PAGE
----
As CBS News notes, breast cancer patients are "dismayed" at the FDA's decision to pull Roche's Avastin drug for breast cancer treatment in the U.S.
The blockbuster drug will no longer be available for treatment of advanced breast cancer, a blow to women with the disease who have been lobbying to keep the drug available as an option when all others have failed. The drug remains on the market to treat colon, lung, kidney, and brain cancers.
"I did not come to this decision lightly," stated FDA commissioner Dr. Margaret Hamburg. "Sometimes despite the hopes of investigators, patients, industry and even the FDA itself, the results of rigorous testing can be disappointing."
“We are disappointed with the outcome. We remain committed to the many women with this incurable disease and will continue to provide help through our patient support programs to those who may be facing obstacles to receiving their treatment in the United States,” commented Hal Barron, M.D., chief medical officer and head, Global Product Development at Roche, which makes the cancer drug through its Genentech division. “Despite today’s action, we will start a new Phase III study of Avastin in combination with paclitaxel in previously untreated metastatic breast cancer and will evaluate a potential biomarker that may help identify which people might derive a more substantial benefit from Avastin.”
"We know that this decision was a difficult one for the FDA and respect the length of time they spent deliberating the many issues that impact patients," stated the Susan G. Komen breast cancer advocacy organization in a statement. "We want to ensure that women who are successfully using Avastin today continue to have access to the drug, and that their treatment be covered by third-party payers."
The FDA's controversial decisions stems from research showing that there’s no conclusive proof that it extends lives of breast cancer patients, while it presents dangerous side effects including severe high blood pressure, massive bleeding, heart attack or heart failure, and perforations in the stomach and intestines.
Hamburg justified the FDA decision based on the rationale that “it is clear that women who take Avastin for metastatic breast cancer risk potentially life-threatening side effects without proof that the use of Avastin will provide a benefit, in terms of delay in tumor growth, that would justify those risks.”
The FDA action isn't an outright ban, as it leaves an opening for doctors to still prescribe the drug — although insurers may not pay for it, and a year’s treatment for breast cancer can run upwards of $100,000. Medicare’s response to the FDA move is they “will monitor the issue and evaluate coverage options as a result of action by the FDA but has no immediate plans to change coverage policies,” said spokesman Don McLeod to the Washington Post.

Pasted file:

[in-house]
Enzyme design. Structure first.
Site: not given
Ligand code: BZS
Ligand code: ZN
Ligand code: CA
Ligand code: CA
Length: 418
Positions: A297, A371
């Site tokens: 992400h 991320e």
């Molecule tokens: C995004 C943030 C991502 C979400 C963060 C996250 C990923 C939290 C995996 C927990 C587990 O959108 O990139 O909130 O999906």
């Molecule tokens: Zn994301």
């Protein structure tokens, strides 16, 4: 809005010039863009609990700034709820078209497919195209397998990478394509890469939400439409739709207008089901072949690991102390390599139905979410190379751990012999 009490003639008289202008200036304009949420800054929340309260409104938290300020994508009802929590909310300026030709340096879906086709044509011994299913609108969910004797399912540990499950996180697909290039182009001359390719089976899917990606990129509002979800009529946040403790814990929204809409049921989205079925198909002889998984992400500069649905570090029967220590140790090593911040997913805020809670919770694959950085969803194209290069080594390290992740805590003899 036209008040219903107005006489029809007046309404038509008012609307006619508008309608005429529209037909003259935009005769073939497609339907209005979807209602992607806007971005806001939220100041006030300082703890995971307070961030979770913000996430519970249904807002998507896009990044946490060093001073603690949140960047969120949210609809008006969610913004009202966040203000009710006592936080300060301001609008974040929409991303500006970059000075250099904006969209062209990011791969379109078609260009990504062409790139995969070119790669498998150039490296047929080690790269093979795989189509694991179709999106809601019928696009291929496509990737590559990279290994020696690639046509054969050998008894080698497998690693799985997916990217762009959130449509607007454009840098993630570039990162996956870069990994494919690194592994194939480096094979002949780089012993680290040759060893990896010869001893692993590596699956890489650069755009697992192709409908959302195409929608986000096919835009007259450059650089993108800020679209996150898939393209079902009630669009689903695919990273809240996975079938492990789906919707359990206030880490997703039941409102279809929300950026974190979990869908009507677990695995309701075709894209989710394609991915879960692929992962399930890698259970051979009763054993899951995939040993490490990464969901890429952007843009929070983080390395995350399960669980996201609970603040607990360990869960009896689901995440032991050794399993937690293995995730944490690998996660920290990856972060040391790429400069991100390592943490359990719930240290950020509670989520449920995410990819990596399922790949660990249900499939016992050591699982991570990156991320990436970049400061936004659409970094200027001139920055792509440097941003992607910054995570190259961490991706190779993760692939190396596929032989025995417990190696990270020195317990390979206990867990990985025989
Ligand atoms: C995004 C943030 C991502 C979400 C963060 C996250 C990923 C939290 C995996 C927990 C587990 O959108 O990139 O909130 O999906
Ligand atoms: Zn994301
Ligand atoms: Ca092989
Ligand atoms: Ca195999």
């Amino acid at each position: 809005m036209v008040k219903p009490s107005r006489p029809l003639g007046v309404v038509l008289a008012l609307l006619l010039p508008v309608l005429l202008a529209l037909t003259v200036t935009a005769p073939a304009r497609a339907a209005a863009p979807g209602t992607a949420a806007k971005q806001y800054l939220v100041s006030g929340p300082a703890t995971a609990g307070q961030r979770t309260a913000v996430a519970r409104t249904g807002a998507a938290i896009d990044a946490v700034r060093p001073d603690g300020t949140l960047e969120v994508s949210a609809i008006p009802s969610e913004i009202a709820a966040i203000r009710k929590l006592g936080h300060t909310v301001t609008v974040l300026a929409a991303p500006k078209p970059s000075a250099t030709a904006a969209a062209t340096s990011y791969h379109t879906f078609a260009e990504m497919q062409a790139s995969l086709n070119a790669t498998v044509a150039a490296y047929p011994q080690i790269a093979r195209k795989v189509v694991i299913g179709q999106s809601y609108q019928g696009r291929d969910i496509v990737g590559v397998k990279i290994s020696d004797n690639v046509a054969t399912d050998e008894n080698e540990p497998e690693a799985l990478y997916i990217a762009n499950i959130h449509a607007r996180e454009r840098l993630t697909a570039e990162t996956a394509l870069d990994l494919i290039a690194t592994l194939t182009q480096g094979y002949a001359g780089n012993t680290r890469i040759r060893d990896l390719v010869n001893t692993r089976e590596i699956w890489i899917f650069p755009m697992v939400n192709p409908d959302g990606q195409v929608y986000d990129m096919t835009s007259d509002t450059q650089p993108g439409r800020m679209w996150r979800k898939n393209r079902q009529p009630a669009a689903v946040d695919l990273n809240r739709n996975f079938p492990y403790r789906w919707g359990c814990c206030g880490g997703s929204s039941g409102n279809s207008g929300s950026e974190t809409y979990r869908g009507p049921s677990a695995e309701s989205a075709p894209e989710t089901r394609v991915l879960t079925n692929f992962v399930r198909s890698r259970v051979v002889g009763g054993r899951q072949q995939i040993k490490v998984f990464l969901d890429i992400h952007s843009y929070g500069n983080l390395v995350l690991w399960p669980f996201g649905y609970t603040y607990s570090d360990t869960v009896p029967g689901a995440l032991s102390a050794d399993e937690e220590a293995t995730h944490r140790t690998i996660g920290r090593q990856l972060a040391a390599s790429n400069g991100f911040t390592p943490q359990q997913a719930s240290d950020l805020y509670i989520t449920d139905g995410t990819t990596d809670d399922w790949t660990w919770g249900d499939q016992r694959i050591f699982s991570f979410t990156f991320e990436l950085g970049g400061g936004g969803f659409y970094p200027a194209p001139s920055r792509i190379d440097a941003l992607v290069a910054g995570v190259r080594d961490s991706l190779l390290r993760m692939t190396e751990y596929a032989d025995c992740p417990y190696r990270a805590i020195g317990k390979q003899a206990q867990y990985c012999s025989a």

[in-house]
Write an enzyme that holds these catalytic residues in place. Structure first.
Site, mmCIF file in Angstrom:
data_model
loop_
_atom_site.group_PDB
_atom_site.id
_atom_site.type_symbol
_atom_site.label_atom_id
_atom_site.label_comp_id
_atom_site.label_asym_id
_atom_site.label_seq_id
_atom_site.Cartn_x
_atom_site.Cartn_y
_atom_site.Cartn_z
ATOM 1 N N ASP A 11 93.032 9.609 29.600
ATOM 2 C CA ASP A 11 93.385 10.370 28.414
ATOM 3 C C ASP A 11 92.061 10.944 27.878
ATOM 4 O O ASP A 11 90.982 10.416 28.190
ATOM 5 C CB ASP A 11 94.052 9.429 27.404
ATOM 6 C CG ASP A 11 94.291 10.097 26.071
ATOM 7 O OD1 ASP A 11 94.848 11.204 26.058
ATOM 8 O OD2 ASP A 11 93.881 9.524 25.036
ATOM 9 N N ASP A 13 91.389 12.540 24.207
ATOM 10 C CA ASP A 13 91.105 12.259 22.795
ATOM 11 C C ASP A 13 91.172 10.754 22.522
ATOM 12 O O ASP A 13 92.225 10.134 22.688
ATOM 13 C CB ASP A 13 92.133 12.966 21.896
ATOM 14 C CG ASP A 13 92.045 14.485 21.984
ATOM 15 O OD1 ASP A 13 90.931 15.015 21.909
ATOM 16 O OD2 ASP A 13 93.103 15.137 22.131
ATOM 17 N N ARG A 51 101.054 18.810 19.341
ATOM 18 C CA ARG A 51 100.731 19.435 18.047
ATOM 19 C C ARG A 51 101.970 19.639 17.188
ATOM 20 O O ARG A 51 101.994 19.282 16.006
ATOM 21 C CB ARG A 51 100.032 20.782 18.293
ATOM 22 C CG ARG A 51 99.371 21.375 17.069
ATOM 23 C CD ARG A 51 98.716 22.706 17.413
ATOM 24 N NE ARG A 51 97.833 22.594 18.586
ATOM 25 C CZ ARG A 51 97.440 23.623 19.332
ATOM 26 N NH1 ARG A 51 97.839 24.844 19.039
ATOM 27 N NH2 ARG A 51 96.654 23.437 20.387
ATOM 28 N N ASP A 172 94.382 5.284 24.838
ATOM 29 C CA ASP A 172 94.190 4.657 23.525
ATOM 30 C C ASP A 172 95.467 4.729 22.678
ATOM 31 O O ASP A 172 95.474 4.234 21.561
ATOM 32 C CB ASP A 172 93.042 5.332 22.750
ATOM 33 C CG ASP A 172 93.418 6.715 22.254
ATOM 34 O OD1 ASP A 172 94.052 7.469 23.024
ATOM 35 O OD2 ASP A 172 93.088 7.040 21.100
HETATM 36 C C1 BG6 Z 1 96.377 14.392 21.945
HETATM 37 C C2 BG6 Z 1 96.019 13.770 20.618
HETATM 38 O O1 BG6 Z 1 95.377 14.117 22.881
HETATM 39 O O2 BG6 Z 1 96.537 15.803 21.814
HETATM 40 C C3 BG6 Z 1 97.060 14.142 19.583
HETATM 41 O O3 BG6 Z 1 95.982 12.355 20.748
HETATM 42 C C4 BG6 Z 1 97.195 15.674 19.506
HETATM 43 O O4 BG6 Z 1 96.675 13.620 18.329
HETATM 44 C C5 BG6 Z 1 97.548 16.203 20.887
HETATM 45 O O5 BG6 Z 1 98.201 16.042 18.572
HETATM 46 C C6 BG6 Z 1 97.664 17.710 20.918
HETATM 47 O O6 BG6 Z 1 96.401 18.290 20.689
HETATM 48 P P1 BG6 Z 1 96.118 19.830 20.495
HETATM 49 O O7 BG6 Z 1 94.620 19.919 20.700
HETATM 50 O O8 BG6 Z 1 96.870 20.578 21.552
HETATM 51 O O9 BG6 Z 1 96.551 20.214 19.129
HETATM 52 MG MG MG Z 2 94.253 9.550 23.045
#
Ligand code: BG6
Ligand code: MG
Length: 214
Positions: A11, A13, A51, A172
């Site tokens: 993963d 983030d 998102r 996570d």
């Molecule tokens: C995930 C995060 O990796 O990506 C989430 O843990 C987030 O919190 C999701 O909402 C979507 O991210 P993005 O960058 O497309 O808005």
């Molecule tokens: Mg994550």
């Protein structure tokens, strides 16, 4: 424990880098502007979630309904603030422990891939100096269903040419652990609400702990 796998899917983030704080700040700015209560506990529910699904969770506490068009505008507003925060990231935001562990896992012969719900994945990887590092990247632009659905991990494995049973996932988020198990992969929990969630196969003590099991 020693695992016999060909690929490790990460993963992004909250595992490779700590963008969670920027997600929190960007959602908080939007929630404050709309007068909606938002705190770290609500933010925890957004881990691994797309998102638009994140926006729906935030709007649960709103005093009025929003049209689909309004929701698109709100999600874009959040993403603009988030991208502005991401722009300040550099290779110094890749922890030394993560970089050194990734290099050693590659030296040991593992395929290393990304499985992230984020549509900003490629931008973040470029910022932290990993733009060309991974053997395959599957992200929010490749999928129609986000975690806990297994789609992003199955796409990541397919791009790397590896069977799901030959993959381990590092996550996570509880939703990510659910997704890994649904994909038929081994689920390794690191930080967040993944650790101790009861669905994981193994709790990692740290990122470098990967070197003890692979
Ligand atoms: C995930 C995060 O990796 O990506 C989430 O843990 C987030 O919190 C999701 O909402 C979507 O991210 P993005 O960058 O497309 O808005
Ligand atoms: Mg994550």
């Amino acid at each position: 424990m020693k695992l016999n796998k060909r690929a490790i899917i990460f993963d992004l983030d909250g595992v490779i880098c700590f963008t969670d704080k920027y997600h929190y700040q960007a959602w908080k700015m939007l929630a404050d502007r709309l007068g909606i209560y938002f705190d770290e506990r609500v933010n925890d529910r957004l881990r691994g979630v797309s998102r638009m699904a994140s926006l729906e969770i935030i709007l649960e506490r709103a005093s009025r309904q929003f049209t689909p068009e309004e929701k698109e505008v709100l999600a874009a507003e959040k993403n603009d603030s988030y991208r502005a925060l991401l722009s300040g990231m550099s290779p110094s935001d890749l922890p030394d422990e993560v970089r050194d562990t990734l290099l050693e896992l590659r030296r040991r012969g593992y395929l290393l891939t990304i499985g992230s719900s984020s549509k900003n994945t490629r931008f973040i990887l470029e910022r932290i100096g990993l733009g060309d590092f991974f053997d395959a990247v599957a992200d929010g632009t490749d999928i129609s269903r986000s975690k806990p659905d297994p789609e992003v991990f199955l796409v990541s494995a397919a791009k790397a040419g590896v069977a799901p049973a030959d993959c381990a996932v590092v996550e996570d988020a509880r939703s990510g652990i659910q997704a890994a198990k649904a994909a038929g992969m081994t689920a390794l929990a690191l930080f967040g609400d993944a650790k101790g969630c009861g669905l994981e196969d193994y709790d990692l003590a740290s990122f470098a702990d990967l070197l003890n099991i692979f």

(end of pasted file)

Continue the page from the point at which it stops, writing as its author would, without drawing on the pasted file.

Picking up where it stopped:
The decision didn't come out of the blue. In 2008, the FDA’s fast-track approval of Avastin for breast cancer was contingent upon continued studies of the drug’s usefulness, but research did not indicate that users’ tumor growth was slowed or their lives lengthened.
Given that the drug is under fire beyond breast cancer treatment, it begs the question why the FDA singled out breast cancer applications of the drug. In September, the New York Times reports, five patients being treated with Avastin for eye disease at the Veterans Affairs medical center in Los Angeles became blind.
As a treatment for "wet," age-related macular degeneration and other eye diseases, Avastin is comparatively cheap at $50 an injection, which saves Medicare and patients hundreds of millions of dollars annually as compared to another Genentech drug for eye disease, Lucentis, which costs $2,000 an injection.
However, earlier this year, four other patients at the Veterans Affairs hospital in Nashville suffered infection from bacterially contaminated Avastin, leaving one man blind and brain damaged, and his family filing a $4 million suit.
Proponents of Avastin claim two million plus injections of the drug have been administered in eye treatment since 2005 with few problems. Oncologists and advocacy groups are split on the issue with some saying the FDA action against Avastin is due to cost — a claim disputed by the agency which says its due to science and lack of clinical proof.
This latest FDA decision is one more in a series of ongoing debate about cancer drugs and public expectations of effective treatment of life-threatening disease.
It’s a hot topic on Twitter, while the full text of the FDA’s decision and a Q&A is available here.